5 Ways to Encourage and Maintain Church Attendance

I understand. Really, I get it. We all get it. Church is hard to get to. It’s the weekend, and we always meet in the morning when it’s sleep-in time. And when it’s not sleep-in time, someone has a soccer game or in-laws in town and need to get brunch or the rare family vacation. We’ll go for a friend’s baptism; we’ll go for Christmas, for Easter, or when we really feel like we haven’t been to church in a while. For some, it’s because church is so far away (finding a faithful congregation can be hard when Joel Osteen rules the American Christian world). For others, it’s because of those scheduling issues. But we need to get there. As the author to the Hebrews writes:

And let us consider how to stir up one another to love and good works, not neglecting to meet together, as is the habit of some, but encouraging one another, and all the more as you see the Day drawing near. Hebrews 10:24-25

So without much significant ado, here they are: five ways to keep you going to church.

Join a Small Group

It’s the weekly get-together with friends. Not just a class, but true fellowship time – what’s going on with Joe’s girlfriend, did Rachel get that promotion at work, and Mark and Daniella are getting married! But once the food is eaten and the socializing’s simmered down, it’s time to get “serious” – Bible study time. And how do you keep up with the conversation if you missed church, the sermon? Merely being prepared requires being involved. This is a huge encouragement to get to church on its own.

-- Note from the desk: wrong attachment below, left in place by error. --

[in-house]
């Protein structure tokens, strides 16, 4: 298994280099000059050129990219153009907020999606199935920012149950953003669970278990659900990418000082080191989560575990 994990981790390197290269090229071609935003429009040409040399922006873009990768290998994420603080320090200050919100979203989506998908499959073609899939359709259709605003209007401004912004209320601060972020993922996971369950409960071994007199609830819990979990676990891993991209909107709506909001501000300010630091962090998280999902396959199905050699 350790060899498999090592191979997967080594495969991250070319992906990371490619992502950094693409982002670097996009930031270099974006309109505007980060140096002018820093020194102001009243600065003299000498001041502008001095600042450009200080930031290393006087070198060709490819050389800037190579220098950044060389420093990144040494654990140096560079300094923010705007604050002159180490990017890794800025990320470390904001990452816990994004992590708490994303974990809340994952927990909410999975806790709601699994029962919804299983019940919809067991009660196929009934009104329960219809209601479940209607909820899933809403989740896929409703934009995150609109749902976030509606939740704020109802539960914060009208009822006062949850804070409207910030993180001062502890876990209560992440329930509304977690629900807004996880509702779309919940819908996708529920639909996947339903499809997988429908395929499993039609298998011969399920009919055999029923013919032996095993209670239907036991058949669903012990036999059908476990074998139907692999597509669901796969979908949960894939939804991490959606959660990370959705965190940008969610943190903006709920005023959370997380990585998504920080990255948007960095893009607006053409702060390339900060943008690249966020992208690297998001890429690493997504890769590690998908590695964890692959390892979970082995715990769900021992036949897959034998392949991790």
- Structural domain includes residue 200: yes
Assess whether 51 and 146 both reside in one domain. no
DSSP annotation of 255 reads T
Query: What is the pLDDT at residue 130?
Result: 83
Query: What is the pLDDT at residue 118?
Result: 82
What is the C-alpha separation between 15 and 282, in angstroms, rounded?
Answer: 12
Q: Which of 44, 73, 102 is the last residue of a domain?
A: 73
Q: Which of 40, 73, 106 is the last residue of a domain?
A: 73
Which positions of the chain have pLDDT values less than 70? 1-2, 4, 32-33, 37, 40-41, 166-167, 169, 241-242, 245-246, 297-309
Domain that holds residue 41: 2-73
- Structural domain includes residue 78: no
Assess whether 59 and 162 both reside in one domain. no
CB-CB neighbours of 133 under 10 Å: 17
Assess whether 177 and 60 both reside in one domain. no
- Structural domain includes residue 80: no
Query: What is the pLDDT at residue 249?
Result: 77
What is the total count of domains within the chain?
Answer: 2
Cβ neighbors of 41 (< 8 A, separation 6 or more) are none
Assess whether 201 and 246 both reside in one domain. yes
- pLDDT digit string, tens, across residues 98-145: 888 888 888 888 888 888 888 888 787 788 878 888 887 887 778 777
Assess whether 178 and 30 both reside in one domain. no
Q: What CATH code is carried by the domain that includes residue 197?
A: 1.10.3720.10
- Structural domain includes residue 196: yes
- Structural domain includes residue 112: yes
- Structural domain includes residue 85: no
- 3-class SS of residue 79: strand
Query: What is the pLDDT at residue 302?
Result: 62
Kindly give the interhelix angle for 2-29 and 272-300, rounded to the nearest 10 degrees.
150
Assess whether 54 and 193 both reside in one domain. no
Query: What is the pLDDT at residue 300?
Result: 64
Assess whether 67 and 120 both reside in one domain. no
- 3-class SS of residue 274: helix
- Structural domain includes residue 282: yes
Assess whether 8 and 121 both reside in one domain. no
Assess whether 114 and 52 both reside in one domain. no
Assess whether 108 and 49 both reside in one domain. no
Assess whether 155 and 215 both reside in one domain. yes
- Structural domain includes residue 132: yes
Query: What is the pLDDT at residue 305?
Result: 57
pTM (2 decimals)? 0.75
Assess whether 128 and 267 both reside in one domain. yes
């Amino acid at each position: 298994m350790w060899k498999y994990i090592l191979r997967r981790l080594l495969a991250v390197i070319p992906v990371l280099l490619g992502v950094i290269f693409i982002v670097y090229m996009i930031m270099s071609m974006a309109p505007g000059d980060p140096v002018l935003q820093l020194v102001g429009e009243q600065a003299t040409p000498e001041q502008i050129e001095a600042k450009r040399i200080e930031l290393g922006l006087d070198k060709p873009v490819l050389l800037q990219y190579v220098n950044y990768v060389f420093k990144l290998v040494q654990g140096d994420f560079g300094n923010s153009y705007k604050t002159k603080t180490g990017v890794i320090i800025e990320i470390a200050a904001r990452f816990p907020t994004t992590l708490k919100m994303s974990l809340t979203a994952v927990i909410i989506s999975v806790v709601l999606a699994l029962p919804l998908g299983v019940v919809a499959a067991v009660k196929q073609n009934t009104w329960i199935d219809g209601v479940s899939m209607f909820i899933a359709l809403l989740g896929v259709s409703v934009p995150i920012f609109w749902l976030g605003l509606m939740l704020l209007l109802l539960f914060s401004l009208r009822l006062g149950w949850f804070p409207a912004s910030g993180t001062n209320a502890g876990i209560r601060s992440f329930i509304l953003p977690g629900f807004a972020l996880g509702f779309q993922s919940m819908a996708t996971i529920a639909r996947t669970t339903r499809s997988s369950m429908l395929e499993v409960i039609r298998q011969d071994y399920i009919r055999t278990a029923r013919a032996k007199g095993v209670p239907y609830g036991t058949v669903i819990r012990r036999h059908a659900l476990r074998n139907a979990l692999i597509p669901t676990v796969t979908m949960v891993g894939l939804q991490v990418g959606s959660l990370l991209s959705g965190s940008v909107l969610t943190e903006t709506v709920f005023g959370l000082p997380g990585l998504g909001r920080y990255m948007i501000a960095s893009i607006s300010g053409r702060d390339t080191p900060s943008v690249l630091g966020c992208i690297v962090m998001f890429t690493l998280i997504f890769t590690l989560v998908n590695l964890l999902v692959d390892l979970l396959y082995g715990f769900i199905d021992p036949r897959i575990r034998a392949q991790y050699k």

Michael Harrell is a former staff member and current volunteer at St. Luke's Lutheran Church in Federal Way, Washington. A blogger by hobby and social media manager by trade, he continues to teach the faith to ninth graders when he's not busy watching movies or theatre. He loves the Seattle Mariners, and his wife wants you to know he's married. You can follow him on Twitter.
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